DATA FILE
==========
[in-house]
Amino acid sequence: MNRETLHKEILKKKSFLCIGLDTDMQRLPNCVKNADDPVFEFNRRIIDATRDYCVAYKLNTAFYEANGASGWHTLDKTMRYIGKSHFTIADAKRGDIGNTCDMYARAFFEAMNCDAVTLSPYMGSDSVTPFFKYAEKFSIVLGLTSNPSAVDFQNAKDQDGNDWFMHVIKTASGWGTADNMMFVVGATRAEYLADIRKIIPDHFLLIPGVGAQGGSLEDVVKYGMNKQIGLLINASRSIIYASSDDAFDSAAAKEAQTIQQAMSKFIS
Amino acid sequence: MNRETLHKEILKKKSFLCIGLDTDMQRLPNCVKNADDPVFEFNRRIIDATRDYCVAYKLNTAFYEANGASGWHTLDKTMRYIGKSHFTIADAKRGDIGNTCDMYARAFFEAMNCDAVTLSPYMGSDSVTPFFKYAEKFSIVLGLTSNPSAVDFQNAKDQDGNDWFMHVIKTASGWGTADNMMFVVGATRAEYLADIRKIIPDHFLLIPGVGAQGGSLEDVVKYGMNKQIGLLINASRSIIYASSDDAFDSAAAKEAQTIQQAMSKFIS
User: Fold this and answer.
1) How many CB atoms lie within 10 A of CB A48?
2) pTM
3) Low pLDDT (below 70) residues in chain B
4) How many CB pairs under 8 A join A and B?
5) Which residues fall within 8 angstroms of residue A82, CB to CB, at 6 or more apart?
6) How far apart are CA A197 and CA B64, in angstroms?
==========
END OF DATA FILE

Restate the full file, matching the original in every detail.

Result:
[in-house]
Amino acid sequence: MNRETLHKEILKKKSFLCIGLDTDMQRLPNCVKNADDPVFEFNRRIIDATRDYCVAYKLNTAFYEANGASGWHTLDKTMRYIGKSHFTIADAKRGDIGNTCDMYARAFFEAMNCDAVTLSPYMGSDSVTPFFKYAEKFSIVLGLTSNPSAVDFQNAKDQDGNDWFMHVIKTASGWGTADNMMFVVGATRAEYLADIRKIIPDHFLLIPGVGAQGGSLEDVVKYGMNKQIGLLINASRSIIYASSDDAFDSAAAKEAQTIQQAMSKFIS
Amino acid sequence: MNRETLHKEILKKKSFLCIGLDTDMQRLPNCVKNADDPVFEFNRRIIDATRDYCVAYKLNTAFYEANGASGWHTLDKTMRYIGKSHFTIADAKRGDIGNTCDMYARAFFEAMNCDAVTLSPYMGSDSVTPFFKYAEKFSIVLGLTSNPSAVDFQNAKDQDGNDWFMHVIKTASGWGTADNMMFVVGATRAEYLADIRKIIPDHFLLIPGVGAQGGSLEDVVKYGMNKQIGLLINASRSIIYASSDDAFDSAAAKEAQTIQQAMSKFIS
User: Fold this and answer.
1) How many CB atoms lie within 10 A of CB A48?
2) pTM
3) Low pLDDT (below 70) residues in chain B
4) How many CB pairs under 8 A join A and B?
5) Which residues fall within 8 angstroms of residue A82, CB to CB, at 6 or more apart?
6) How far apart are CA A197 and CA B64, in angstroms?